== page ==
Some of the best cinematic work has been inspired by history's finest artists.
Whether viewed at the Louvre or on the first page of a Google search, history's most beautiful paintings and sculptures have continued to be a source of inspiration for the work of our greatest filmmakers, from Christopher Nolan's fascination with Francis Bacon (which inspired The Joker's makeup in The Dark Knight) to Sofia Coppola's homage to Jacques-Louis David's "Napoleon Crossing the Alps" in Marie Antoinette.
In this video essay, Vugar Efendi reveals just how large of an impact the art world has had on the cinematic world by putting both shots and their muses side by side.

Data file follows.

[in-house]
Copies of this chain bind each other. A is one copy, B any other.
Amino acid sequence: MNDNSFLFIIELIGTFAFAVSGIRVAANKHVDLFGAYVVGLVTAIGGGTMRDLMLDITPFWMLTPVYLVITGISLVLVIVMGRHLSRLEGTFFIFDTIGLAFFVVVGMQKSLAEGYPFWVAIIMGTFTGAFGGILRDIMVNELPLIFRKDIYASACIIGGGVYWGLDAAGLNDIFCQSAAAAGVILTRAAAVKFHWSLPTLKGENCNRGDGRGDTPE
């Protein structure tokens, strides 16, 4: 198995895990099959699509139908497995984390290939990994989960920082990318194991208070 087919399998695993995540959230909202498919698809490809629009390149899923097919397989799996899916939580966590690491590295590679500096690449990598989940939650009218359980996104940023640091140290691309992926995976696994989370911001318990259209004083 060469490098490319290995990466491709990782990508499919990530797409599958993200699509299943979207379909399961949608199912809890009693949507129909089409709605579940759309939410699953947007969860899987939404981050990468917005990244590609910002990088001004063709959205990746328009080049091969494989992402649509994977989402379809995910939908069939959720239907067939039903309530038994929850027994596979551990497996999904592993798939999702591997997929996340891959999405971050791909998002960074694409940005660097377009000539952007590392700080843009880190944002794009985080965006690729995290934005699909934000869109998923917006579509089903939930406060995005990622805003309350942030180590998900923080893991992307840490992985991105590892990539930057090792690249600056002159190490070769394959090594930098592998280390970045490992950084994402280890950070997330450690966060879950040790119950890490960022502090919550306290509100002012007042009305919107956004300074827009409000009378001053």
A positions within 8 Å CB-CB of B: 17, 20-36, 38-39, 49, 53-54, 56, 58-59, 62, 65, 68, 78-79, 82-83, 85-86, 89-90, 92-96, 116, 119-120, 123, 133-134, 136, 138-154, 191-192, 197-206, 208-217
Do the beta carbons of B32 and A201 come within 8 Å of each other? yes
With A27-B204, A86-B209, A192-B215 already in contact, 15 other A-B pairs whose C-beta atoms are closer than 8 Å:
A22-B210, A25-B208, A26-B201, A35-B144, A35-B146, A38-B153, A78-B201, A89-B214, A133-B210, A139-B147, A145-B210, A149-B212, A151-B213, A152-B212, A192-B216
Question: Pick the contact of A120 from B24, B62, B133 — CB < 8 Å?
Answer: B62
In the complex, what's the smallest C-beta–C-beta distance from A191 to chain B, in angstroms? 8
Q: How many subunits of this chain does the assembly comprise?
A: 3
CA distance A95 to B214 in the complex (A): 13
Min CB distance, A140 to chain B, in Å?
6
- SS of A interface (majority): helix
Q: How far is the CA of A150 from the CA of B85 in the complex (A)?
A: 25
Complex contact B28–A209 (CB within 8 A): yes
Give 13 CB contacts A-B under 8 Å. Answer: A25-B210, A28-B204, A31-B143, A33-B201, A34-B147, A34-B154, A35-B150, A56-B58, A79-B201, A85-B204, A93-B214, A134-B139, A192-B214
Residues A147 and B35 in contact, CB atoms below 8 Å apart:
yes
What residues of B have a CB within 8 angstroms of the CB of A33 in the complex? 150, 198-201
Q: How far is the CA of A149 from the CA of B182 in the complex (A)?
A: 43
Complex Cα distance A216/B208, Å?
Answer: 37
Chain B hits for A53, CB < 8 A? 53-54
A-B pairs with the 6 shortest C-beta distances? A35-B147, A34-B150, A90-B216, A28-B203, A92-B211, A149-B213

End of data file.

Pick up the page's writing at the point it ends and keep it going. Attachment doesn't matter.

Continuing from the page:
And in case you missed it, here is Efendi's first installment of Film Meets Art, which was posted six months ago.
There's a lot to take from watching these two videos, but I think the most important thing is this: always be open to new sources of inspiration. Right now, you might be filling up your time by watching movie after movie—which is great, don't get me wrong, but if you open your eyes or turn your head just a little, you might come across something you've never seen/experienced/heard/felt before, and it could end up being the creative catalyst you've been looking for.
I wasn't a big fan of the plastic arts until I got to college and boned up on some art history. That's where I fell in love with Francisco Goya's work, specifically his Black Paintings, and that's where I came up with my current screenplay idea—just casually sitting on my porch thinking about "Saturn Devouring His Son," watching my neighbors pull up and take grocery bags out of their trunk, and thinking, "What if there were human flesh in those bags?"
You never know when inspiration might strike.